You have to give Andrew Sullivan credit for coming on Hugh Hewitt’s show, though in the end he provided little more than comic relief. At the outset of the interview, Sullivan objected to being asked whether he’s a Catholic, suggesting that the question threatened to convert the interview into an inquisition. However, I’ve seen Sullivan willingly answer questions about his faith during other interviews. I guess it’s fine to ask Sullivan about his Catholicism if he can use it to establish his credentials through softball questioning, but unfair if the questioner is a critic who actually knows much about Catholicism. Notice also the quick resort to name-calling (“inquisition”) which his become Sullivan’s trademark and often his only form of argument.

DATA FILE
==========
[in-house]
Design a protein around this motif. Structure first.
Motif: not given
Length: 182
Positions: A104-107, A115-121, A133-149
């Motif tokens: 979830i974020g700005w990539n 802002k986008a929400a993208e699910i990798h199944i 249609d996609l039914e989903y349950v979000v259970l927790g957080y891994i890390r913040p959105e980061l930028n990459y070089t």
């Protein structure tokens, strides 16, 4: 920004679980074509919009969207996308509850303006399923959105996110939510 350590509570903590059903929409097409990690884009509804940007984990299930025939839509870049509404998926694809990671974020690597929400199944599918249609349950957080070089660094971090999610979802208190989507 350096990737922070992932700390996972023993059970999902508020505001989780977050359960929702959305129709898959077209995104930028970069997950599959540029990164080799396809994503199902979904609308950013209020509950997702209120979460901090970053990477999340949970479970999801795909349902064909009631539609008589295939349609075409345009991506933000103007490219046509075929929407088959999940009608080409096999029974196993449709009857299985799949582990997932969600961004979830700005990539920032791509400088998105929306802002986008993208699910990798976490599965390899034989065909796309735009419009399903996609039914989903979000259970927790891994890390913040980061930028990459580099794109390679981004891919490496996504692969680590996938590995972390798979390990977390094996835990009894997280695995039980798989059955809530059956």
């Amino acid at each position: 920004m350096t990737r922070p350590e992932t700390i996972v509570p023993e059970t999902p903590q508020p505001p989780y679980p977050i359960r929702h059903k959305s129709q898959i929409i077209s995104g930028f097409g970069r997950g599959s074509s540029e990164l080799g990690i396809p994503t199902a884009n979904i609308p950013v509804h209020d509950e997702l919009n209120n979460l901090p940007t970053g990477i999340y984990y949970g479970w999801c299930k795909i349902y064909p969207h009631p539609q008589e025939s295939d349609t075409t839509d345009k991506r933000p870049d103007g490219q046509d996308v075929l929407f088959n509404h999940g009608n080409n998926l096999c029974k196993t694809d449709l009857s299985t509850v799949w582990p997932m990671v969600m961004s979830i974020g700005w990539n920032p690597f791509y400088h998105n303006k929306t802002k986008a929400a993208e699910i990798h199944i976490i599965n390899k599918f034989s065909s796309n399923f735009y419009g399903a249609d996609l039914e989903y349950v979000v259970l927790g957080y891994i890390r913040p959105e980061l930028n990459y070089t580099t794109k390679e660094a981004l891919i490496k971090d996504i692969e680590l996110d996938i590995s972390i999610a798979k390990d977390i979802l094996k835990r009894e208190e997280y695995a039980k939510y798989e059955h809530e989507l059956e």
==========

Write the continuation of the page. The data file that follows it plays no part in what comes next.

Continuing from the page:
In his book “The Conservative Soul: How We Lost It, How To Get It Back,” Sullivan writes:
A conservative will also eschew any grand notions of history or great crusades. He would never state that his goal is to end tyranny on earth or other such utopian fantasies.
Compare Sullivan’s pronouncement with the following statements by Ronald Reagan:
While we must be cautious about forcing the pace of change, we must not hesitate to declare our ultimate objectives and to take concrete actions to move toward them. We must be staunch in our conviction that freedom is not the sole prerogative of a lucky few, but the inalienable and universal right of all human beings… What I am describing now is a plan and a hope for the long term — the march of freedom and democracy which will leave Marxism-Leninism on the ash-heap of history as it has left other tyrannies which stifle the freedom and muzzle the self-expression of the people. … Let us be shy no longer. Let us go to our strength. Let us offer hope. Let us tell the world that a new age is not only possible but probable